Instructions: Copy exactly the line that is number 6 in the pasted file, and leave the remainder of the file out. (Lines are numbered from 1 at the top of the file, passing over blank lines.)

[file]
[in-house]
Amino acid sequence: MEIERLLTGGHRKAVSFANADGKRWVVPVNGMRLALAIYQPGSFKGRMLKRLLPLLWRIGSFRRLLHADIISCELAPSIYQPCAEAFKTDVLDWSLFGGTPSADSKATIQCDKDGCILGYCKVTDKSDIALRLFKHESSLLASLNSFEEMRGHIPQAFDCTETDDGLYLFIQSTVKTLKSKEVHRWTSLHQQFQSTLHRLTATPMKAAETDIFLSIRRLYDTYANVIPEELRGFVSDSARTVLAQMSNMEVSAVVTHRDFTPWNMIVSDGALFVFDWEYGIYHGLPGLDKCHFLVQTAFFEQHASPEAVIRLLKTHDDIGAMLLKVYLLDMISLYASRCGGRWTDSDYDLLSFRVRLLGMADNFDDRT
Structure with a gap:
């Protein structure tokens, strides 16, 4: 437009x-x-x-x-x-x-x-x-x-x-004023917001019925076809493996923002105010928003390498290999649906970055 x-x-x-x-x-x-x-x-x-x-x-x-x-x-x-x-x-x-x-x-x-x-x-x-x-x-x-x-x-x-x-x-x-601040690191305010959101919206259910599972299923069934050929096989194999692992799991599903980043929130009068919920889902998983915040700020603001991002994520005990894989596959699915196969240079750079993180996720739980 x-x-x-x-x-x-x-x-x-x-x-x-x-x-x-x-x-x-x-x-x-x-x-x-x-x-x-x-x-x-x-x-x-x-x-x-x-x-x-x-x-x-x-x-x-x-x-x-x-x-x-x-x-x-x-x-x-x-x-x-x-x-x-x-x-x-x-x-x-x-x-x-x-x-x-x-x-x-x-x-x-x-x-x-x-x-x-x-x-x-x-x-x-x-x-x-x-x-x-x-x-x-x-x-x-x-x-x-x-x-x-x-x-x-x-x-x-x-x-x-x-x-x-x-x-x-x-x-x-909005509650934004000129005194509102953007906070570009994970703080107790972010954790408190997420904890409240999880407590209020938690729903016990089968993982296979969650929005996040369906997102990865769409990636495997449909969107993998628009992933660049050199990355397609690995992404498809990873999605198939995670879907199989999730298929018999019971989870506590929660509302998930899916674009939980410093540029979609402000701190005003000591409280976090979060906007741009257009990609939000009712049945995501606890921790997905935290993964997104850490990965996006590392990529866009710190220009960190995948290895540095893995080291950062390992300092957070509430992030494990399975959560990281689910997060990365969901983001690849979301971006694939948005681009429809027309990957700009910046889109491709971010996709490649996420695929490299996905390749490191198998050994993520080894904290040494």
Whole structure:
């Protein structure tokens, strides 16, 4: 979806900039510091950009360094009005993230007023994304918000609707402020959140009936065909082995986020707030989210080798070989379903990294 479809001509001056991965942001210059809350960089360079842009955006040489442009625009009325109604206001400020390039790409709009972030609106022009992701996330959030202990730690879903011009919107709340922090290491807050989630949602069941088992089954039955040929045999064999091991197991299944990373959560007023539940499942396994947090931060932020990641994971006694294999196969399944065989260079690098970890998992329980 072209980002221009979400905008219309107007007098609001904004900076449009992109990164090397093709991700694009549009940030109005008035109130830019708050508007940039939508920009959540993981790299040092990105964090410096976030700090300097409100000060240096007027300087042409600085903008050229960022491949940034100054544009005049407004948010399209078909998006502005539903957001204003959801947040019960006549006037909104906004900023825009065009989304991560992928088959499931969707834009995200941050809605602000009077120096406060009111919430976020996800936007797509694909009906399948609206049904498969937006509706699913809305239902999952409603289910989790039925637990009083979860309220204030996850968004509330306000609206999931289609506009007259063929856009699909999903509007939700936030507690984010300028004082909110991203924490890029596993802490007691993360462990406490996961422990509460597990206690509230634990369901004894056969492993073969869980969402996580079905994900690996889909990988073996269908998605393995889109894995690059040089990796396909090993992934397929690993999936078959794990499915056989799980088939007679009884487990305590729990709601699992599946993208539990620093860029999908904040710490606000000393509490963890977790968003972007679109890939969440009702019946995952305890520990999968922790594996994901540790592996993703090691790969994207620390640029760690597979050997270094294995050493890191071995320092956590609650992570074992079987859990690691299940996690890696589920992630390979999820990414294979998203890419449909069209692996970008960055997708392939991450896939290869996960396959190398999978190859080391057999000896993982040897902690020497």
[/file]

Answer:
């Protein structure tokens, strides 16, 4: 979806900039510091950009360094009005993230007023994304918000609707402020959140009936065909082995986020707030989210080798070989379903990294 479809001509001056991965942001210059809350960089360079842009955006040489442009625009009325109604206001400020390039790409709009972030609106022009992701996330959030202990730690879903011009919107709340922090290491807050989630949602069941088992089954039955040929045999064999091991197991299944990373959560007023539940499942396994947090931060932020990641994971006694294999196969399944065989260079690098970890998992329980 072209980002221009979400905008219309107007007098609001904004900076449009992109990164090397093709991700694009549009940030109005008035109130830019708050508007940039939508920009959540993981790299040092990105964090410096976030700090300097409100000060240096007027300087042409600085903008050229960022491949940034100054544009005049407004948010399209078909998006502005539903957001204003959801947040019960006549006037909104906004900023825009065009989304991560992928088959499931969707834009995200941050809605602000009077120096406060009111919430976020996800936007797509694909009906399948609206049904498969937006509706699913809305239902999952409603289910989790039925637990009083979860309220204030996850968004509330306000609206999931289609506009007259063929856009699909999903509007939700936030507690984010300028004082909110991203924490890029596993802490007691993360462990406490996961422990509460597990206690509230634990369901004894056969492993073969869980969402996580079905994900690996889909990988073996269908998605393995889109894995690059040089990796396909090993992934397929690993999936078959794990499915056989799980088939007679009884487990305590729990709601699992599946993208539990620093860029999908904040710490606000000393509490963890977790968003972007679109890939969440009702019946995952305890520990999968922790594996994901540790592996993703090691790969994207620390640029760690597979050997270094294995050493890191071995320092956590609650992570074992079987859990690691299940996690890696589920992630390979999820990414294979998203890419449909069209692996970008960055997708392939991450896939290869996960396959190398999978190859080391057999000896993982040897902690020497």